Wednesday, March 30, 2011

Lousy Labels

This program on CBC made me think of There's Lead In Your Lipstick.

The Boy in the Moon

According to the cardiofaciocutaneous syndrome website, CCF (as it is more commonly called) can be diagnosed by some of the following symptoms:

·         • a distinctive facial appearance;
·         • unusually sparse, brittle, curly hair;
·          • skin abnormalities;
·          • heart malformations present at birth (congenital heart defects)
·          • growth delays

As a reader of The Boy in the Moon, I offer you some more information about CCF:

There is no cure for CCF.

It is a genetic condition that a child is born with.

It will be seen as a disability for the child’s entire life, and will cause society to view the child 
(and the eventual adult) differently.

It is extremely rare, and the severity of it can differ from child-to-child.

It impacts lives.

It is CCF that has made Walker Brown who he is, and it is Walker Brown who is the raison d’etre for The Boy in the Moon.

The Boy in the Moon is a memoir, by Ian Brown (Walker’s father). Brown is a reporter for Canada’s national newspaper, The Globe and Mail. Brown had frequently written articles about his son prior to writing this book, and had thus familiarized Canadians with his family’s challenges.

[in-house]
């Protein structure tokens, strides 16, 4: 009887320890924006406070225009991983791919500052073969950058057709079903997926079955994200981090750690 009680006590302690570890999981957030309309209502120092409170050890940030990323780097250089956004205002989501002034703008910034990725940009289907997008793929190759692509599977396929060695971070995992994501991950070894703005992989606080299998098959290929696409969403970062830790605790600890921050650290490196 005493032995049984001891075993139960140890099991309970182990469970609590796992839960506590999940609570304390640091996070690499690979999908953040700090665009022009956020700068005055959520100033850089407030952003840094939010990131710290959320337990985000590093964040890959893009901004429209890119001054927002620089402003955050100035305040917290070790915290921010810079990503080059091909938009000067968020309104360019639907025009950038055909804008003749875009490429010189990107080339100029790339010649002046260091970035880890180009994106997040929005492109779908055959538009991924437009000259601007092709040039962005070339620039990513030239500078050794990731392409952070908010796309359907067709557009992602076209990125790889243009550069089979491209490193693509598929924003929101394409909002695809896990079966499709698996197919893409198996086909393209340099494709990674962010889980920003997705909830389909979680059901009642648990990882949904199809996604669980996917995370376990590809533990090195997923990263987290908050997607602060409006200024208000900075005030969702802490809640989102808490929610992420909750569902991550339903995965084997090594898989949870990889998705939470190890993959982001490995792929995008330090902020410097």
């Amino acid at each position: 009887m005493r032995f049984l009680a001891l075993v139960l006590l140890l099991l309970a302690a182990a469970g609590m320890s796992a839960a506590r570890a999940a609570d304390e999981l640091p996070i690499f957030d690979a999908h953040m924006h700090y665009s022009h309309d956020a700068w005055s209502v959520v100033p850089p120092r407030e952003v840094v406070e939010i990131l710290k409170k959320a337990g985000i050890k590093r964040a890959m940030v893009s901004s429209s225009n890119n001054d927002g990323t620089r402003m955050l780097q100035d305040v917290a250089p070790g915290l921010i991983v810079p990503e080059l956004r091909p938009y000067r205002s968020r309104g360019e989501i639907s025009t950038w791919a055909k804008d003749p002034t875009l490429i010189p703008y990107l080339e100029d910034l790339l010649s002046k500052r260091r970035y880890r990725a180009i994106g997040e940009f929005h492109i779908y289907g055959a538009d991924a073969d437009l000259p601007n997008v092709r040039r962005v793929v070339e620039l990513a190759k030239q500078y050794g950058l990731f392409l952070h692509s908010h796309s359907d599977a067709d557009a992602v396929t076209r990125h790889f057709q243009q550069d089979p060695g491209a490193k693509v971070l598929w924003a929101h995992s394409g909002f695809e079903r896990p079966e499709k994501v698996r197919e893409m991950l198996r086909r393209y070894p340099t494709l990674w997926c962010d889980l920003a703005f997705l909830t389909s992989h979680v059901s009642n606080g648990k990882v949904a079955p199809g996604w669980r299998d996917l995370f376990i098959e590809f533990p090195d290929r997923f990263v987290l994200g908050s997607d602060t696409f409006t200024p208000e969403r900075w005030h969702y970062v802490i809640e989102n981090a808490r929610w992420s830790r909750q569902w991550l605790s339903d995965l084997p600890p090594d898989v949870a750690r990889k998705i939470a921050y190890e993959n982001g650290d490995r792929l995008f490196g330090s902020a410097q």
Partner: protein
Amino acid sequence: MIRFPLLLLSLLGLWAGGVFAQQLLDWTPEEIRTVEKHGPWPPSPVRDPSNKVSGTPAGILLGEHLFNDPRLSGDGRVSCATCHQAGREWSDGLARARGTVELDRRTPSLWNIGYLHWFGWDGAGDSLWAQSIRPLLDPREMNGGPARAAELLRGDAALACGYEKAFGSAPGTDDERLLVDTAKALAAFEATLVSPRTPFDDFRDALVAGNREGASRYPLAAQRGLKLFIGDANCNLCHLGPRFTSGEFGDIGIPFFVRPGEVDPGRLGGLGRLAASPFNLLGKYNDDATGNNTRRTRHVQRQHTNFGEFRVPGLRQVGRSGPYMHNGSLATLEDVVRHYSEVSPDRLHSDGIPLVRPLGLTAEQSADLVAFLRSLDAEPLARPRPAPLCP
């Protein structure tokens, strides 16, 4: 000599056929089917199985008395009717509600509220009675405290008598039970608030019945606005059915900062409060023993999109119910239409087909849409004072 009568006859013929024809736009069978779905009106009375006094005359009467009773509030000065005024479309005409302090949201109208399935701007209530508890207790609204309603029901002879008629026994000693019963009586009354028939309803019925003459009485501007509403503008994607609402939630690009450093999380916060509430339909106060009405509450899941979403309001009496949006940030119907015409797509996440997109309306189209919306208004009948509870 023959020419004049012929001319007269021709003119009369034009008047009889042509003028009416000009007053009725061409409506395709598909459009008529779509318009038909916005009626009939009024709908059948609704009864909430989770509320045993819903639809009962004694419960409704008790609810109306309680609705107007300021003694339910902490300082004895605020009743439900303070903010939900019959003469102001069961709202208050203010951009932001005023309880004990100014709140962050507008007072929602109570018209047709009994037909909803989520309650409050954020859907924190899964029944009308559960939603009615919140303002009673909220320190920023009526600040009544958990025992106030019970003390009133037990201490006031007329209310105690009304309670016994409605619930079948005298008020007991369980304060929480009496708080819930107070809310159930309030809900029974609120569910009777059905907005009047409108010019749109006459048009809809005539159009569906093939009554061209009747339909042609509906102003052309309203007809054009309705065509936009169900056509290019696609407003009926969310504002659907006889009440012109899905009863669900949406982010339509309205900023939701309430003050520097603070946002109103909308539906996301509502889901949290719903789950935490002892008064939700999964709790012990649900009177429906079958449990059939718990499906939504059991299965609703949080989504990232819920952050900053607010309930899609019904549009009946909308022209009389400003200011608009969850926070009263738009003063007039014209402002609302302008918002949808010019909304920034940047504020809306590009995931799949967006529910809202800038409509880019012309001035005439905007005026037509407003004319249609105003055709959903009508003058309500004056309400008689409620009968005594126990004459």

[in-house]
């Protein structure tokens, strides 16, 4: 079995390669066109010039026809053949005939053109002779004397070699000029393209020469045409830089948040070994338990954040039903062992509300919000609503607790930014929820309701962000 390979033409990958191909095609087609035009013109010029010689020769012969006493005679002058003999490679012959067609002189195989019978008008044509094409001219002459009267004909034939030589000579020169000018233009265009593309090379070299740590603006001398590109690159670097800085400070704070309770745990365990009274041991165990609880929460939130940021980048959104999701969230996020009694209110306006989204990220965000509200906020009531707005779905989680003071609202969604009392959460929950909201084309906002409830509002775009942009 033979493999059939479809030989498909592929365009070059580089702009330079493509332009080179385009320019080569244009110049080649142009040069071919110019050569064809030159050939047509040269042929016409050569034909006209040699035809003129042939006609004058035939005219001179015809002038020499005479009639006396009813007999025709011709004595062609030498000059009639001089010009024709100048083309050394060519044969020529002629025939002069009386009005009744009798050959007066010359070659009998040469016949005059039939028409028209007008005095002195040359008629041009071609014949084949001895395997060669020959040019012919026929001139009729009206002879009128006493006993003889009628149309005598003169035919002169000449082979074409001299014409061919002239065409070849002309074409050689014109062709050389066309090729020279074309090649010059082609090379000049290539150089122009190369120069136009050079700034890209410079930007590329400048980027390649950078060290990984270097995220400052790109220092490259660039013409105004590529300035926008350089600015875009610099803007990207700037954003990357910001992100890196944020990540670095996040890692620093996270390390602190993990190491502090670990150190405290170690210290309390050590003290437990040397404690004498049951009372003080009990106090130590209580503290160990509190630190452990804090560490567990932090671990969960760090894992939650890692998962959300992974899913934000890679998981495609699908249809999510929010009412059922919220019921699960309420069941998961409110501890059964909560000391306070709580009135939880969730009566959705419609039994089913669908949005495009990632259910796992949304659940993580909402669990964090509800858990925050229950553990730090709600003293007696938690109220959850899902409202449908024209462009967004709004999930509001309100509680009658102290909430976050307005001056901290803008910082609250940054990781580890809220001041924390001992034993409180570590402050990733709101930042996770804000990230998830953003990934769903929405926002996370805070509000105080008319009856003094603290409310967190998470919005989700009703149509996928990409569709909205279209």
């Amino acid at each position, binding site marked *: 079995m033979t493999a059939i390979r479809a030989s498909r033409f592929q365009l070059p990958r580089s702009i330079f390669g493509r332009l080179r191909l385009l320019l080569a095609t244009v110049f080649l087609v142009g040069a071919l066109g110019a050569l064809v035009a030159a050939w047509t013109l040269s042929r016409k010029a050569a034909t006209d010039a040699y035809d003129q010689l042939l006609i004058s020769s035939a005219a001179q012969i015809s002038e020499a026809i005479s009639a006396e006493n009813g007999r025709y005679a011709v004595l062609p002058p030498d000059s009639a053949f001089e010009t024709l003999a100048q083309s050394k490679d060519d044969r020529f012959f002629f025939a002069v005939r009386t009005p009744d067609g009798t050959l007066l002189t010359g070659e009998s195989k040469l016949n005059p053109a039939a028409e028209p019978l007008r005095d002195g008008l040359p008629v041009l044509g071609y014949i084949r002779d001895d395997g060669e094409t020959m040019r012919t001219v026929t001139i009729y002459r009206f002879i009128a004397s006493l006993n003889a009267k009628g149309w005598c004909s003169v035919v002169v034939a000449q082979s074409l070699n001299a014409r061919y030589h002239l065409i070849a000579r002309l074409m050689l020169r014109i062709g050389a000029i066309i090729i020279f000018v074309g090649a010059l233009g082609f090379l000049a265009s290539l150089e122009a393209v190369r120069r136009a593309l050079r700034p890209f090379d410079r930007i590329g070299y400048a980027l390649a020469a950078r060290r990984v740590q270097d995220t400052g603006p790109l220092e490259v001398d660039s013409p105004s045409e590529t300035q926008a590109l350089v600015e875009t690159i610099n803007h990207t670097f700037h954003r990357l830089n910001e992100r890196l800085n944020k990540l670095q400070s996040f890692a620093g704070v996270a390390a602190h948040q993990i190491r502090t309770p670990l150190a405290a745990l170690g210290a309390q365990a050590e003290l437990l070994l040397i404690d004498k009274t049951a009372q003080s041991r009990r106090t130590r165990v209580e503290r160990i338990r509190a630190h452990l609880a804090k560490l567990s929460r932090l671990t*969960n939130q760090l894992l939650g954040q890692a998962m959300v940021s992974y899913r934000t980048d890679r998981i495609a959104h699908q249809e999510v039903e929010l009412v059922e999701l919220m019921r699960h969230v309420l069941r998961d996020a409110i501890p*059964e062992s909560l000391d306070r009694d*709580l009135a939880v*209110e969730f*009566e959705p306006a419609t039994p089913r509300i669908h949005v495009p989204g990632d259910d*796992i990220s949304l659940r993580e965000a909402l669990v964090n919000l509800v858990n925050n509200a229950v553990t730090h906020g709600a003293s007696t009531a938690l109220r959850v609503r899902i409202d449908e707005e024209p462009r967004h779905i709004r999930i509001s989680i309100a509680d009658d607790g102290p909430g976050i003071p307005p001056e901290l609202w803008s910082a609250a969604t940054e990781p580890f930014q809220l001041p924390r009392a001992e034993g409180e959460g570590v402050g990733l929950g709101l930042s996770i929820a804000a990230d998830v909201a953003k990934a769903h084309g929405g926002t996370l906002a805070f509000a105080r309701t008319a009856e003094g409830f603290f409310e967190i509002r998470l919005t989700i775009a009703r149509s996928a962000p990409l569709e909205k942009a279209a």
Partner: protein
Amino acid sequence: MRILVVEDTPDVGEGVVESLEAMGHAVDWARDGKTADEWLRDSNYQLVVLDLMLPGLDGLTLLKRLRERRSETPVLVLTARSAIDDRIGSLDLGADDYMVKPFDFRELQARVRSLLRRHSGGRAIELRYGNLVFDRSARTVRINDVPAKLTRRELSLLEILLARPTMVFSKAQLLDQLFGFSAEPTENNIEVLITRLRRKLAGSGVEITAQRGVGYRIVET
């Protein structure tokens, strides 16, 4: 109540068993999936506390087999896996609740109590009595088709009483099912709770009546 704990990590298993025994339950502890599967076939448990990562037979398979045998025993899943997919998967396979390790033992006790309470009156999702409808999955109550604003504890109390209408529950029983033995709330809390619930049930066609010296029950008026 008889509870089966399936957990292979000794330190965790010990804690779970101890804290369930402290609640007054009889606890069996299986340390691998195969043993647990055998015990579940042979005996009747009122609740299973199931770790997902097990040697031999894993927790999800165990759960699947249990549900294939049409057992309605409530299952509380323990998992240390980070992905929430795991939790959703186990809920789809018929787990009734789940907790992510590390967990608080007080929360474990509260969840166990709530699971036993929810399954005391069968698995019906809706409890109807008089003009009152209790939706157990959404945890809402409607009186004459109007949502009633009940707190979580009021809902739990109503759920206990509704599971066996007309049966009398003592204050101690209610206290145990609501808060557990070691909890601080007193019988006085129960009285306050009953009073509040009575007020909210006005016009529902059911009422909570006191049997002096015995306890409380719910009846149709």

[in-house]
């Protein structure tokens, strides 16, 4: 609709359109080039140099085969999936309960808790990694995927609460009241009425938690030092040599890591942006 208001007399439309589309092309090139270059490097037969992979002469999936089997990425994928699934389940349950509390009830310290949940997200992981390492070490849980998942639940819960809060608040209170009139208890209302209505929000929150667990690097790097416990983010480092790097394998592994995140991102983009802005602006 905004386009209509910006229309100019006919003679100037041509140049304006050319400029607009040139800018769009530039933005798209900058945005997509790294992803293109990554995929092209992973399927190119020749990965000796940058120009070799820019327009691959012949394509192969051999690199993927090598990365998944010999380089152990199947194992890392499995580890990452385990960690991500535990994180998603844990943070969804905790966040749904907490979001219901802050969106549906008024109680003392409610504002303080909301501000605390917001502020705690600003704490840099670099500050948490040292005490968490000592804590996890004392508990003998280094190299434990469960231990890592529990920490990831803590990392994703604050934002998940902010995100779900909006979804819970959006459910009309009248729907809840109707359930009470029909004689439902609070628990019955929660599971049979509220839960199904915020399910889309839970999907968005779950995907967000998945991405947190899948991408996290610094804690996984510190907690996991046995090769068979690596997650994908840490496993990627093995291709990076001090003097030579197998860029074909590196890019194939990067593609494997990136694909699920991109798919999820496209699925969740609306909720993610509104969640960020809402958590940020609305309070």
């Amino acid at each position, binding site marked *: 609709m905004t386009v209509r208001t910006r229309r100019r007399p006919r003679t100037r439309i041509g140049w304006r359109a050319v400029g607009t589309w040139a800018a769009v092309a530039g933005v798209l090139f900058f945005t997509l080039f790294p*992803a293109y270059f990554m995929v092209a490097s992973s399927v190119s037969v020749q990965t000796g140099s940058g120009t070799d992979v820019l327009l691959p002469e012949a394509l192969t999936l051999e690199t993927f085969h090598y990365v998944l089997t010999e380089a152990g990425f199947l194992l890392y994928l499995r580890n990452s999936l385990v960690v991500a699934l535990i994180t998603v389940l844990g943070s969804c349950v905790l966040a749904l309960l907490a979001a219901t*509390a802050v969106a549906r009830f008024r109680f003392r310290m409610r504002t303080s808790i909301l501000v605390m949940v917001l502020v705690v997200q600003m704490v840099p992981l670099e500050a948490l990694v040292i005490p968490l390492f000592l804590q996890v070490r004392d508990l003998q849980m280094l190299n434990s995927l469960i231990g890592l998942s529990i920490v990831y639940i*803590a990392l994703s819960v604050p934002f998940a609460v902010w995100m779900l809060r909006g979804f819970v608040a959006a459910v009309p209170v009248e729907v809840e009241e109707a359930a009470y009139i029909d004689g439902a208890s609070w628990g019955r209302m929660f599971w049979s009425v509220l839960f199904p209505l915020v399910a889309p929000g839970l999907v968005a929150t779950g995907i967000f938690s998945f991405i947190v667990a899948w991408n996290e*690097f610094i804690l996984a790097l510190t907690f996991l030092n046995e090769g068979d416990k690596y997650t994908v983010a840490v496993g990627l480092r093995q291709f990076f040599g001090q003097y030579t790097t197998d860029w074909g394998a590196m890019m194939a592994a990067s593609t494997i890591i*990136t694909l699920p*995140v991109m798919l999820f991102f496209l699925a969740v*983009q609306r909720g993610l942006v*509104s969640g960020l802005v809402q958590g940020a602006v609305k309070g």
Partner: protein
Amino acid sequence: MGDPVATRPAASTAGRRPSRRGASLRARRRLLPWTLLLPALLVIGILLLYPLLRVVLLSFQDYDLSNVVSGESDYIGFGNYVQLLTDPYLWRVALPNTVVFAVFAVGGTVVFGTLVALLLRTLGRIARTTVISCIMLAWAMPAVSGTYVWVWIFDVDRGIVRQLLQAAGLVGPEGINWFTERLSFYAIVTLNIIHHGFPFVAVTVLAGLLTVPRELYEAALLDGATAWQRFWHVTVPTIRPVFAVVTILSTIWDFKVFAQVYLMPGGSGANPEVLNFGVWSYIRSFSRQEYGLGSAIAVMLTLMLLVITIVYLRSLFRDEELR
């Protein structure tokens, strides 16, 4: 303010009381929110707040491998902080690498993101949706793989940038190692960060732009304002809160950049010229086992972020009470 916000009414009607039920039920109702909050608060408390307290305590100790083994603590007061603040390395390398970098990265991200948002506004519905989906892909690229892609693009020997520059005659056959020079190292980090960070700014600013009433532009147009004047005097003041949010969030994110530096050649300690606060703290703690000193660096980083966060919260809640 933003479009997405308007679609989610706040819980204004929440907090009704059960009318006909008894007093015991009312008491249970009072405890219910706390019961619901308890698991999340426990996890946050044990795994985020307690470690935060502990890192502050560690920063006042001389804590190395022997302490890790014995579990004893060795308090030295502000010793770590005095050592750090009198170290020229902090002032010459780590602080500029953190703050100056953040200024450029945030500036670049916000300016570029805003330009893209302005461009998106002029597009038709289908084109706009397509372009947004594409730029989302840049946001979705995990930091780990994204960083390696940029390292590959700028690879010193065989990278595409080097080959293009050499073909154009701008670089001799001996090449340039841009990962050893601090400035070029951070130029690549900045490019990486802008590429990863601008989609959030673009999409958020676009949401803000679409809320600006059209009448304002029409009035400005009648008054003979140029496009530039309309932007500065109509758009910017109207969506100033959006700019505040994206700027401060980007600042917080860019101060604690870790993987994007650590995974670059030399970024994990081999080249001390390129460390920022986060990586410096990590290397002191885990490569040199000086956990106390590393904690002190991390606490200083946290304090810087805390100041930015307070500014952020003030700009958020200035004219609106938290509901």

The book examines the relationship that Walker has with his father, his family, and the world at large. This book is Brown’s search for the meaning of Walkers life in our society that has distinct and opinionated views on disabled individuals.

CCF has shaped the Brown family in many ways. The parents, Ian and Joanna Schneller, have been forced to abandon dreams for a “normal life” for both their son and daughter. The parents are permanently attached to their son - in a way that parents of “normal” children will never be – and sometimes suffer guilt for abandoning their son (when placed in a group home) or perhaps even causing his condition. It is CCF that has forced the Brown family to seek solace and support of other advocates for the disabled, and has allowed them to create valuable bonds with other CCF parents. And yet, it is CCF that allows Walker to see the world as it truly is: simple in its joys and mysteries.

It is Walker’s view on the world which Brown desperately grasps at with this book. He wants to insight into his son and his sons actions. Their communication is limited to smiles, grunts, and hits; however, they are still able to understand one another at an almost primordial level. It is Walker that brings about Brown’s search for enlightenment, and who is Brown’s passion for life.

I received this book as part of the Early Reviewers Program, and I voraciously read it. Brown’s writing is hauntingly eloquent, and this book will be, I suspect, read and re-read. The journey of the Walker and his family is one that will not easily be forgotten.

Book information:

The Boy in the Moon: A Father's Journey to Understand His Extraordinary